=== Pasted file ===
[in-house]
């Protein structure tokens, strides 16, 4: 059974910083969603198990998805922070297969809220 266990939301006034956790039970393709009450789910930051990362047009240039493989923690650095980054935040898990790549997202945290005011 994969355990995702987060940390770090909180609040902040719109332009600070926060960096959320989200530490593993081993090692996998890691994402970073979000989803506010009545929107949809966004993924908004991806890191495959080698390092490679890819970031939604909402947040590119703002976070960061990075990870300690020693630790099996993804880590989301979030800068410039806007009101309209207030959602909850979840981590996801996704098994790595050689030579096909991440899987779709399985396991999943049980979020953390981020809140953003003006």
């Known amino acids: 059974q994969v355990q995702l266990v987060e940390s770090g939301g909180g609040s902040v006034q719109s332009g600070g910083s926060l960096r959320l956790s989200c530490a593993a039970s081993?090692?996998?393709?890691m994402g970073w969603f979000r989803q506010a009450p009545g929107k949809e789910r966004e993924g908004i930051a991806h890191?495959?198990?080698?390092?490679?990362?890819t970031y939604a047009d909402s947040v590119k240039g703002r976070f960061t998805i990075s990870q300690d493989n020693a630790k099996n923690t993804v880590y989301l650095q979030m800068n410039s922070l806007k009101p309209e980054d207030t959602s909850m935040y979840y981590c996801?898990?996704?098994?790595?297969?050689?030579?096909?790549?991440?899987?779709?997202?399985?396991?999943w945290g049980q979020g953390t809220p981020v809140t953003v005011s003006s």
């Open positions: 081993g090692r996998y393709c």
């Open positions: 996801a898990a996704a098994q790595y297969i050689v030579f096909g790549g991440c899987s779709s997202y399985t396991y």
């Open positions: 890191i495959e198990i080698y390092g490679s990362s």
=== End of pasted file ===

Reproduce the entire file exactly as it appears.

[in-house]
């Protein structure tokens, strides 16, 4: 059974910083969603198990998805922070297969809220 266990939301006034956790039970393709009450789910930051990362047009240039493989923690650095980054935040898990790549997202945290005011 994969355990995702987060940390770090909180609040902040719109332009600070926060960096959320989200530490593993081993090692996998890691994402970073979000989803506010009545929107949809966004993924908004991806890191495959080698390092490679890819970031939604909402947040590119703002976070960061990075990870300690020693630790099996993804880590989301979030800068410039806007009101309209207030959602909850979840981590996801996704098994790595050689030579096909991440899987779709399985396991999943049980979020953390981020809140953003003006």
């Known amino acids: 059974q994969v355990q995702l266990v987060e940390s770090g939301g909180g609040s902040v006034q719109s332009g600070g910083s926060l960096r959320l956790s989200c530490a593993a039970s081993?090692?996998?393709?890691m994402g970073w969603f979000r989803q506010a009450p009545g929107k949809e789910r966004e993924g908004i930051a991806h890191?495959?198990?080698?390092?490679?990362?890819t970031y939604a047009d909402s947040v590119k240039g703002r976070f960061t998805i990075s990870q300690d493989n020693a630790k099996n923690t993804v880590y989301l650095q979030m800068n410039s922070l806007k009101p309209e980054d207030t959602s909850m935040y979840y981590c996801?898990?996704?098994?790595?297969?050689?030579?096909?790549?991440?899987?779709?997202?399985?396991?999943w945290g049980q979020g953390t809220p981020v809140t953003v005011s003006s």
């Open positions: 081993g090692r996998y393709c």
């Open positions: 996801a898990a996704a098994q790595y297969i050689v030579f096909g790549g991440c899987s779709s997202y399985t396991y």
């Open positions: 890191i495959e198990i080698y390092g490679s990362s």